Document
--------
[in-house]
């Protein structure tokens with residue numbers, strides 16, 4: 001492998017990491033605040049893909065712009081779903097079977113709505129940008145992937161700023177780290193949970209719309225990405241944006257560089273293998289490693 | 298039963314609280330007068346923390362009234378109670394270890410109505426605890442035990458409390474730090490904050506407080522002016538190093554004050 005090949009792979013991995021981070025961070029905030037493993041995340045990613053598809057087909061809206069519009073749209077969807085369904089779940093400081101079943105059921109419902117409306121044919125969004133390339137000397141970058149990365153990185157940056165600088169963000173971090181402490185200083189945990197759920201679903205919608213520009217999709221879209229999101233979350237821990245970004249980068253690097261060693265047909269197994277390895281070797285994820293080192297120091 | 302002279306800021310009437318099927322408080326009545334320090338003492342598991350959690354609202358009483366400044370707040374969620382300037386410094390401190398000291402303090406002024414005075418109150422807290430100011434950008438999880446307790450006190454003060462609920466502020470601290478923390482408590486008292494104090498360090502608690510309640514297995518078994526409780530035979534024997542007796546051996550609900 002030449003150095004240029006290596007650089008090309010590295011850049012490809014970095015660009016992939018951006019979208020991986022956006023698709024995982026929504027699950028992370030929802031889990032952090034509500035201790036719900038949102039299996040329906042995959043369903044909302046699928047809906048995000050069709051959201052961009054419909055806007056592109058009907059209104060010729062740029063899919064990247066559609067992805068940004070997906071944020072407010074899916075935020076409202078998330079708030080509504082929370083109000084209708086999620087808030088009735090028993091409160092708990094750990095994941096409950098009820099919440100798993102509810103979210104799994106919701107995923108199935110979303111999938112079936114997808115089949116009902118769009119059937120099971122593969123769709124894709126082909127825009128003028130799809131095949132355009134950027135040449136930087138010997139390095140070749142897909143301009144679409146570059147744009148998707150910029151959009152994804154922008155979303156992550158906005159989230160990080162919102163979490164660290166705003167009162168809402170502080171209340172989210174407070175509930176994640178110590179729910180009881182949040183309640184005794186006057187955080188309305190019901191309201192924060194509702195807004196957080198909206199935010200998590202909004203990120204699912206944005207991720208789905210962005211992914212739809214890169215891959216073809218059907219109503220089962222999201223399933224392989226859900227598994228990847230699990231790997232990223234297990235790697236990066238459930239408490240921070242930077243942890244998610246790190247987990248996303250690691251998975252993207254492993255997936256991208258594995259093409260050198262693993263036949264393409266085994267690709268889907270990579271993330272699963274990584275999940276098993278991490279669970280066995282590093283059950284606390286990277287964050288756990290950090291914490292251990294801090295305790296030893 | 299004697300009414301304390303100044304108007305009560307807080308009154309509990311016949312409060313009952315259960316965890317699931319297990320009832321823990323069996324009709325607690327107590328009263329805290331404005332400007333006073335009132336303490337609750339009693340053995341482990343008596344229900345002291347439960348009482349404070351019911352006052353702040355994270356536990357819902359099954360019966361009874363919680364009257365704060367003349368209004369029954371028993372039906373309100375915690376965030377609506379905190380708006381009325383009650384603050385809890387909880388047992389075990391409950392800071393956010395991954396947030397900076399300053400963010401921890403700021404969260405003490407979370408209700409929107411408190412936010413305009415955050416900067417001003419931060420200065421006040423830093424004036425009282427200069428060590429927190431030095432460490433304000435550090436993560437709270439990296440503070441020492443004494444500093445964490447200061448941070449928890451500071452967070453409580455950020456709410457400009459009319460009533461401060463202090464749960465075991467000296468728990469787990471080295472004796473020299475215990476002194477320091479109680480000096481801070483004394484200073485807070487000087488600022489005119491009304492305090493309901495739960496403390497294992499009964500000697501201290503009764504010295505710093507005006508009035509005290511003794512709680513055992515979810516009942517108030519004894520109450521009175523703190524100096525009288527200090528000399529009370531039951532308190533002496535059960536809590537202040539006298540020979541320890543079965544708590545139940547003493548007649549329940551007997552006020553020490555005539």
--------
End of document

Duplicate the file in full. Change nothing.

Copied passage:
[in-house]
């Protein structure tokens with residue numbers, strides 16, 4: 001492998017990491033605040049893909065712009081779903097079977113709505129940008145992937161700023177780290193949970209719309225990405241944006257560089273293998289490693 | 298039963314609280330007068346923390362009234378109670394270890410109505426605890442035990458409390474730090490904050506407080522002016538190093554004050 005090949009792979013991995021981070025961070029905030037493993041995340045990613053598809057087909061809206069519009073749209077969807085369904089779940093400081101079943105059921109419902117409306121044919125969004133390339137000397141970058149990365153990185157940056165600088169963000173971090181402490185200083189945990197759920201679903205919608213520009217999709221879209229999101233979350237821990245970004249980068253690097261060693265047909269197994277390895281070797285994820293080192297120091 | 302002279306800021310009437318099927322408080326009545334320090338003492342598991350959690354609202358009483366400044370707040374969620382300037386410094390401190398000291402303090406002024414005075418109150422807290430100011434950008438999880446307790450006190454003060462609920466502020470601290478923390482408590486008292494104090498360090502608690510309640514297995518078994526409780530035979534024997542007796546051996550609900 002030449003150095004240029006290596007650089008090309010590295011850049012490809014970095015660009016992939018951006019979208020991986022956006023698709024995982026929504027699950028992370030929802031889990032952090034509500035201790036719900038949102039299996040329906042995959043369903044909302046699928047809906048995000050069709051959201052961009054419909055806007056592109058009907059209104060010729062740029063899919064990247066559609067992805068940004070997906071944020072407010074899916075935020076409202078998330079708030080509504082929370083109000084209708086999620087808030088009735090028993091409160092708990094750990095994941096409950098009820099919440100798993102509810103979210104799994106919701107995923108199935110979303111999938112079936114997808115089949116009902118769009119059937120099971122593969123769709124894709126082909127825009128003028130799809131095949132355009134950027135040449136930087138010997139390095140070749142897909143301009144679409146570059147744009148998707150910029151959009152994804154922008155979303156992550158906005159989230160990080162919102163979490164660290166705003167009162168809402170502080171209340172989210174407070175509930176994640178110590179729910180009881182949040183309640184005794186006057187955080188309305190019901191309201192924060194509702195807004196957080198909206199935010200998590202909004203990120204699912206944005207991720208789905210962005211992914212739809214890169215891959216073809218059907219109503220089962222999201223399933224392989226859900227598994228990847230699990231790997232990223234297990235790697236990066238459930239408490240921070242930077243942890244998610246790190247987990248996303250690691251998975252993207254492993255997936256991208258594995259093409260050198262693993263036949264393409266085994267690709268889907270990579271993330272699963274990584275999940276098993278991490279669970280066995282590093283059950284606390286990277287964050288756990290950090291914490292251990294801090295305790296030893 | 299004697300009414301304390303100044304108007305009560307807080308009154309509990311016949312409060313009952315259960316965890317699931319297990320009832321823990323069996324009709325607690327107590328009263329805290331404005332400007333006073335009132336303490337609750339009693340053995341482990343008596344229900345002291347439960348009482349404070351019911352006052353702040355994270356536990357819902359099954360019966361009874363919680364009257365704060367003349368209004369029954371028993372039906373309100375915690376965030377609506379905190380708006381009325383009650384603050385809890387909880388047992389075990391409950392800071393956010395991954396947030397900076399300053400963010401921890403700021404969260405003490407979370408209700409929107411408190412936010413305009415955050416900067417001003419931060420200065421006040423830093424004036425009282427200069428060590429927190431030095432460490433304000435550090436993560437709270439990296440503070441020492443004494444500093445964490447200061448941070449928890451500071452967070453409580455950020456709410457400009459009319460009533461401060463202090464749960465075991467000296468728990469787990471080295472004796473020299475215990476002194477320091479109680480000096481801070483004394484200073485807070487000087488600022489005119491009304492305090493309901495739960496403390497294992499009964500000697501201290503009764504010295505710093507005006508009035509005290511003794512709680513055992515979810516009942517108030519004894520109450521009175523703190524100096525009288527200090528000399529009370531039951532308190533002496535059960536809590537202040539006298540020979541320890543079965544708590545139940547003493548007649549329940551007997552006020553020490555005539």